Last night, the Richardson Center Corporation (RCC) hosted a public hearing on the Draft Generic Environmental Impact Statement (DGEIS) and the General Project Plan (GPP) for the reuse and rehabilitation of the Richardson-Olmsted complex. Both documents have been completed and officially accepted by Empire State Development Corporation (ESDC). The documents are available for download at the project website.
The 2009 Master Plan defined the project and was prepared by the RCC, which is a not-for-profit 501(c)(3) organization that is spearheading the redevelopment of the historic Buffalo landmark. Funding for the project is being administered by ESDC.
The purpose of the DGEIS and the General Project Plan is to identify the potential for any significant environmental issues or impacts, identify appropriate mitigation measures for those impacts, and to identify the sources and uses of all state funds associated with the project. Representatives from the RCC Board and from consulting firm Parsons Brinkerhoff were on hand last night to review the overall project plan and highlight the main findings of the DGEIS.
The Richardson-Olmsted Complex marks the most ambitious historic rehabilitation the City has seen since the Darwin Martin complex, with an estimated cost of over $100 million dollars for the build-out of the core project. Funds are expected to come from several sources, including the State of New York, State Historic Tax Credits, and private foundations.
The former Buffalo State Asylum for the Insane was designed by architect Henry Hobson Richardson with the grounds being created by landscape architects Frederick Law Olmsted and Calvert Vaux. The entire complex of buildings and grounds, with its signature Gothic/Romanesque towers, is a National Historic Landmark. The Buffalo Psychiatric Center continues operating in modern buildings on the site.
The project began construction in 1870 and took about 20 years to complete. In 1927 the northwestern section of the 203-acre original campus was cut in half and the farmland was developed as Buffalo State College. In 1969 the three brick buildings on the east wing were demolished for construction of a new adolescent treatment facility. The last patients were moved out in 1974, one year after the complex achieved both state and national landmark status. Administrative functions continued to occupy the central section of the complex until the early 1990’s.
Over the past 6-7 years, stabilization efforts have kept the remaining structures standing. in 2006, Governor George Pataki allocated $100 million to rehabilitate the Complex but some of it was used to fund the Burchfield-Penney Art Center and the Darwin Martin House Visitor Center. The remaining $76.5 million is intended for the Complex.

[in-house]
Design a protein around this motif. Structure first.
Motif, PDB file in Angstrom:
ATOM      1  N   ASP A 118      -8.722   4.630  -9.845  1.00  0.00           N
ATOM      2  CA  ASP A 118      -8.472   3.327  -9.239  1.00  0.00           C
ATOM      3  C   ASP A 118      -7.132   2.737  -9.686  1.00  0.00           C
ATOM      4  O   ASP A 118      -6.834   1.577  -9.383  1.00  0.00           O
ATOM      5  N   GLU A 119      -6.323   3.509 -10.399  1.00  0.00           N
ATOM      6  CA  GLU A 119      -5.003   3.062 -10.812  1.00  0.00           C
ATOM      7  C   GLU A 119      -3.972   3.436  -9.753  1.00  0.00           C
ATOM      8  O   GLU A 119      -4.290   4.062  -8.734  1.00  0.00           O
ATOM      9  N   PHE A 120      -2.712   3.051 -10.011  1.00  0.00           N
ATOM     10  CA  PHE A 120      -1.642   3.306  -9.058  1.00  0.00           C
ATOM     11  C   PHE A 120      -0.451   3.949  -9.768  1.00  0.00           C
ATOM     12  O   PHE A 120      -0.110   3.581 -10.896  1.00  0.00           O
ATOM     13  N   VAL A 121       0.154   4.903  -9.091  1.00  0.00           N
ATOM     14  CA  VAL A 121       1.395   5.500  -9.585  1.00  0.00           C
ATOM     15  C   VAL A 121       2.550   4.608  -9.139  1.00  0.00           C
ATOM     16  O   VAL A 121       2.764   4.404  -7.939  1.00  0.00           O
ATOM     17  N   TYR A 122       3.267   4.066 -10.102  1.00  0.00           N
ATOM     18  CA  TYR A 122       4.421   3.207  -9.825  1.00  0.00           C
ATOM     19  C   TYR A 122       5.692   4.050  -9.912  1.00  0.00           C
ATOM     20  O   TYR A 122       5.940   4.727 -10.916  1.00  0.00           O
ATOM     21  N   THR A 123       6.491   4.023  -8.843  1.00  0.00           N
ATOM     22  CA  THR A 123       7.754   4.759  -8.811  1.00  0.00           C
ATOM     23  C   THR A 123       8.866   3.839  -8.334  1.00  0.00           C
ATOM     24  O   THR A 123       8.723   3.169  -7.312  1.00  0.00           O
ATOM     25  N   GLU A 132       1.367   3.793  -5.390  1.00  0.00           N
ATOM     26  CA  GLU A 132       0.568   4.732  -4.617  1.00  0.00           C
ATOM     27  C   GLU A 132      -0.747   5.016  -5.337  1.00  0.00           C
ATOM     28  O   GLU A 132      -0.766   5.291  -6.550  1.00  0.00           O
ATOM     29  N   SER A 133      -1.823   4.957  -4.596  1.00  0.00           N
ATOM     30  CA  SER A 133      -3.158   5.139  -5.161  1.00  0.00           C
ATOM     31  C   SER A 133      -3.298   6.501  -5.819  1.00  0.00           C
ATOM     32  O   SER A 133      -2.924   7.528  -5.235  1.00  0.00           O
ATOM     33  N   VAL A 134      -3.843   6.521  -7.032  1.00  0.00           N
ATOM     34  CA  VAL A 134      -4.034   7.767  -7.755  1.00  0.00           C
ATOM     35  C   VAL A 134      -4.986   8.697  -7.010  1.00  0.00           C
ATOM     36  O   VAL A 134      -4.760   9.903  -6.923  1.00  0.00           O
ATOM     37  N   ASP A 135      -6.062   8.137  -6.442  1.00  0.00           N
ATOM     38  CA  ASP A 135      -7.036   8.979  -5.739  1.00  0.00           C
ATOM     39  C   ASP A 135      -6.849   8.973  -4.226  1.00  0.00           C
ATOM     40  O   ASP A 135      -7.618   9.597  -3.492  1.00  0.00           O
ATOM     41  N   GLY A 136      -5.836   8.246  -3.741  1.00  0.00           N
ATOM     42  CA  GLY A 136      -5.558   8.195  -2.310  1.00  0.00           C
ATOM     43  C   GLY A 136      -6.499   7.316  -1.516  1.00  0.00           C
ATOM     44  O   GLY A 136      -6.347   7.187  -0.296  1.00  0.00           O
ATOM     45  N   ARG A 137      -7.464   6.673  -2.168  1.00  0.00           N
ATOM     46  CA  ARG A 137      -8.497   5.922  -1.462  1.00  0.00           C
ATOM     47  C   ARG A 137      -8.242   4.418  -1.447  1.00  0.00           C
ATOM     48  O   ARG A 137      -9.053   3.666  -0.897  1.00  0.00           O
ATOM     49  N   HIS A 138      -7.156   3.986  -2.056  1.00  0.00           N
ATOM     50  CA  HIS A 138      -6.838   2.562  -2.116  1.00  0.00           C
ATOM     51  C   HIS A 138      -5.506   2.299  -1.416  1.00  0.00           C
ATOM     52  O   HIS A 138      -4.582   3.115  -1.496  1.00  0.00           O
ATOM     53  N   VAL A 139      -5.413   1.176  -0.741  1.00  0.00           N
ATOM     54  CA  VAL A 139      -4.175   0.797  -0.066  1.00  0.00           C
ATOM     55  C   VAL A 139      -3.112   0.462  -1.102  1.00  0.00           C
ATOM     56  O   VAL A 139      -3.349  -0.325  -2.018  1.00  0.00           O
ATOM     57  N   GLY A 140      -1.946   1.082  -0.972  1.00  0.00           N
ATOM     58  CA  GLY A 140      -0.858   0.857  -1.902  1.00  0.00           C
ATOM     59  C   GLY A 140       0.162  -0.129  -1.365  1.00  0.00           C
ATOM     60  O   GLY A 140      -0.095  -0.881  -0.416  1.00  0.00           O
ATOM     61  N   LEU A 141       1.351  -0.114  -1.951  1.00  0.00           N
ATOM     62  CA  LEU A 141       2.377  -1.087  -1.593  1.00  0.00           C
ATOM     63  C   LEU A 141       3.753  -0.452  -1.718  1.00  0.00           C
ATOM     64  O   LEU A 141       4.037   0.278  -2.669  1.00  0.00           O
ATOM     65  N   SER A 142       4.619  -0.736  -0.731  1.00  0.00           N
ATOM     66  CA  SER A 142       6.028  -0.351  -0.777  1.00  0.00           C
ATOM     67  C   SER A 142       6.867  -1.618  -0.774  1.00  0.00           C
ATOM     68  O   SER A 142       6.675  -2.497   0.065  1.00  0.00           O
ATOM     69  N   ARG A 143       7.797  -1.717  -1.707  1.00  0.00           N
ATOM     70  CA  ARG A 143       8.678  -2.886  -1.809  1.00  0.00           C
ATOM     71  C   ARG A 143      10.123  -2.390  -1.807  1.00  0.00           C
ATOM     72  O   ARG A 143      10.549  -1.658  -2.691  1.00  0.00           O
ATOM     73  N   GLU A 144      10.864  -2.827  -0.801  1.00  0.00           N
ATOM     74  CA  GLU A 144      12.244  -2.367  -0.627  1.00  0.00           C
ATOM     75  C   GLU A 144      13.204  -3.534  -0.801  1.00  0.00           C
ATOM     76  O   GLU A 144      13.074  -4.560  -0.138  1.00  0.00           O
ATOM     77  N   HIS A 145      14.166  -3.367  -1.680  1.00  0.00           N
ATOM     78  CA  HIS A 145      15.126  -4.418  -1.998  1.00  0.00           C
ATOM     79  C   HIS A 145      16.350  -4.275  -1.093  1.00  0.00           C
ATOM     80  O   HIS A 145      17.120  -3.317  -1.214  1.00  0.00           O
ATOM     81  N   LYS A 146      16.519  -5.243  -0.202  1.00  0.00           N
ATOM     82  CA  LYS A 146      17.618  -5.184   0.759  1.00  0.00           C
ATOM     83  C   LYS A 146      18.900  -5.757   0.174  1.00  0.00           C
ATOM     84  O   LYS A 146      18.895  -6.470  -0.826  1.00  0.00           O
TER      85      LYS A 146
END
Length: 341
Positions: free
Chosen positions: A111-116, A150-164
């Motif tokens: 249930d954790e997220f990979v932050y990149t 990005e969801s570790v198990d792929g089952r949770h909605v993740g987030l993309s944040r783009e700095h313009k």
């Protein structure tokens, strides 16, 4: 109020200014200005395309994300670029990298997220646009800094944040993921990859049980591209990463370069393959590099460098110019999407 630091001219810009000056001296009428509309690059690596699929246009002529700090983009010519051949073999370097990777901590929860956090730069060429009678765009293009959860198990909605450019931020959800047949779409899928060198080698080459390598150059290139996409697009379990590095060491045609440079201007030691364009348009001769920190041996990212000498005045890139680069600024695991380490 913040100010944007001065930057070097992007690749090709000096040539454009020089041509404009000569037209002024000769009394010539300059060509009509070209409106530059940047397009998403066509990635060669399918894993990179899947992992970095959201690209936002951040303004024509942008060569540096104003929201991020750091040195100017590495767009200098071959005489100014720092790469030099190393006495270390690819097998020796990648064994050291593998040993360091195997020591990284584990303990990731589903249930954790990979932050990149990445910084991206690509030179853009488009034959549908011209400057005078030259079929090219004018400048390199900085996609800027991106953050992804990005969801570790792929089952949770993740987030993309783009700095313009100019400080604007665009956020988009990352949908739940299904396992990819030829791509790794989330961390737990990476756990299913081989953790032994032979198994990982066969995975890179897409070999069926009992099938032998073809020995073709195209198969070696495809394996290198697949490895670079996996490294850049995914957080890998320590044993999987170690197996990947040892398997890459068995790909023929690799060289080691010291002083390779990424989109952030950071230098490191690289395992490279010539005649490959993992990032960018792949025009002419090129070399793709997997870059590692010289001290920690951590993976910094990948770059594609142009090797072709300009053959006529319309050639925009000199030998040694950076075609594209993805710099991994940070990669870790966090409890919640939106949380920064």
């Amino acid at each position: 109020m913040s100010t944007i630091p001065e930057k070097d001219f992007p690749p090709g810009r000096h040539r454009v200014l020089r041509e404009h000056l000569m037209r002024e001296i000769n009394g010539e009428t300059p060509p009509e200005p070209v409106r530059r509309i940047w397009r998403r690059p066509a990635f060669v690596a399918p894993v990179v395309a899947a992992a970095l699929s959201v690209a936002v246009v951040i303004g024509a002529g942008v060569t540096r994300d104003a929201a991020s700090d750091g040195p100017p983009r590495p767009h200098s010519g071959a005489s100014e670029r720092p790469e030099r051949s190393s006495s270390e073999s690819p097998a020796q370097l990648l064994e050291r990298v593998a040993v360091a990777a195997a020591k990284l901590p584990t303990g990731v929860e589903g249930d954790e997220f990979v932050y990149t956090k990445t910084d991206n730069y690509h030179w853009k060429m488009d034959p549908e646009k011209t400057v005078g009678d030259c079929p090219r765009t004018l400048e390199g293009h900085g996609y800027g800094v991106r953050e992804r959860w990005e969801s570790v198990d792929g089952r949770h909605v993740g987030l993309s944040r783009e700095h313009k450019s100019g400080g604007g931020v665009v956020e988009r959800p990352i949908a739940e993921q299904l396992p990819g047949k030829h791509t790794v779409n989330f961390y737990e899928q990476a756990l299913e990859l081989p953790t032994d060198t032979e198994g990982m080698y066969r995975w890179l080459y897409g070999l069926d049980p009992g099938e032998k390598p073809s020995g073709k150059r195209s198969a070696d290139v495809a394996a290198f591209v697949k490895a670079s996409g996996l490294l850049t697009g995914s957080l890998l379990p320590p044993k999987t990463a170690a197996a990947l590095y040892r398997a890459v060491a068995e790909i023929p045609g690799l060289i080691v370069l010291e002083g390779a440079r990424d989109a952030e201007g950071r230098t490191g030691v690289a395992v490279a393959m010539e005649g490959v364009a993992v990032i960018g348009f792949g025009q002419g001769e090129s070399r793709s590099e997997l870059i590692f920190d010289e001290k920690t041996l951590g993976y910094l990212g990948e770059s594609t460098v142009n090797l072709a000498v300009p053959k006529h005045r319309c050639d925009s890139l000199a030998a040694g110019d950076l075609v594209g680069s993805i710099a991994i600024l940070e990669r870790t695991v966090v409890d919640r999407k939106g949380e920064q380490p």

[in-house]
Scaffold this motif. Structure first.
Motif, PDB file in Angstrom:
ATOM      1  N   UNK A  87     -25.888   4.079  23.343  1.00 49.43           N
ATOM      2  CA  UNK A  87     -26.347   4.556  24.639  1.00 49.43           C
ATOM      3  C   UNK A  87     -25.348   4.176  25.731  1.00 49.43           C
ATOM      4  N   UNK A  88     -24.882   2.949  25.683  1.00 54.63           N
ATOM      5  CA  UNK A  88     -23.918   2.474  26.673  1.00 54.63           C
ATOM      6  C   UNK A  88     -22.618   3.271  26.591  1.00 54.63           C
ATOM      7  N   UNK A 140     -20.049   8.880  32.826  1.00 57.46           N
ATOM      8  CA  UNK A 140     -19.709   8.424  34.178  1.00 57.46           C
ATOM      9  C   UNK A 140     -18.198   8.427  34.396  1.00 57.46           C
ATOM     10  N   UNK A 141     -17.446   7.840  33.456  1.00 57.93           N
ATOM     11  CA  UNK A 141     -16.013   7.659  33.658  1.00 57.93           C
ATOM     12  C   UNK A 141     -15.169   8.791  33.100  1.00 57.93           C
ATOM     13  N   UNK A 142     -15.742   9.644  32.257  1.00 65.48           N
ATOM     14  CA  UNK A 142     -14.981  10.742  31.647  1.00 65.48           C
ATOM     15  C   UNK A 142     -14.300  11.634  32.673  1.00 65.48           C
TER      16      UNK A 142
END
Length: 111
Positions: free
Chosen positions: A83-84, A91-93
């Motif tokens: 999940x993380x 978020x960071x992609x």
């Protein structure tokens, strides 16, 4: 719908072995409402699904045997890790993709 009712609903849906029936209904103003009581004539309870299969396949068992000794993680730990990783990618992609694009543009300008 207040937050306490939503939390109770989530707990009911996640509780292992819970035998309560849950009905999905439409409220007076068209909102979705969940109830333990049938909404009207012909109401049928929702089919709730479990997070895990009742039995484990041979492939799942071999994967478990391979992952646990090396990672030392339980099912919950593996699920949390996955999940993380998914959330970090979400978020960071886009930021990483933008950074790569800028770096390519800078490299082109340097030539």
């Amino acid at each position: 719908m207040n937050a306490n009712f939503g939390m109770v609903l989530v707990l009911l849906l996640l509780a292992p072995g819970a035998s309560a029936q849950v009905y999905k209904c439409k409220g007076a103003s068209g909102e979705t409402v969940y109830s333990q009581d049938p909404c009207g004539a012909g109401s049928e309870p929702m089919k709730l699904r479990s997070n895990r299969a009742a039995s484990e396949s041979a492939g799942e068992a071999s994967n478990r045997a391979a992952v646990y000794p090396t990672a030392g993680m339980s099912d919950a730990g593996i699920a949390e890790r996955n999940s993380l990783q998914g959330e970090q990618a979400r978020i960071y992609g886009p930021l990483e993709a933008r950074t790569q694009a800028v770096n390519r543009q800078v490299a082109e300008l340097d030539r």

The work so far has been primariliy focused on stabilization and generating reports, including the following:
- Urban Land Institute Advisory Panel Report;
- Historic Structures Report by Boston architectural firm Goody Clancy;
- Cultural Landscape Report by Heritage Landscapes;
- Architecture and Visitor Center Visualized Concept Study by Ralph Appelbaum Associates;
- Architecture Center Feasibility Study by ConsultEcon; and
- Master Plan by Chan Krieger Sieniewicz.
Next steps for the project will hinge on the transfer of ownership of the currently State-owned property to the Richardson Complex Corporation, which will then allow the planned project work to proceed. City Zoning laws will also need to be amended to allow the proposed new uses to be developed on the site. First on the agenda is the restoration of the south lawn, removal of existing parking lots, and the development of a new entrance on the north side of the building facing Buffalo State College’s Campus. It is hoped that this work will be complete in time to be showcased during the National Trust for Historic Preservation’s national conference here in Buffalo in October 2011.
If you were not able to attend last night’s public hearing but would still like the opportunity to comment on either document, you may still submit written comments to ESDC up to 5pm on Monday, January 17th. Comments should be submitted to Paul Tronolone at this mailing address or via phone or email:
Empire State Development Corporation
95 Perry Street Buffalo, NY 14203
All of the reports completed so far are available on the project website or may be reviewed in person at the Central and Crane branches of the public library.
The next Public Meeting is scheduled for January 26th at Rockwell Hall on Buffalo State’s Elmwood Avenue campus to review the south lawn project.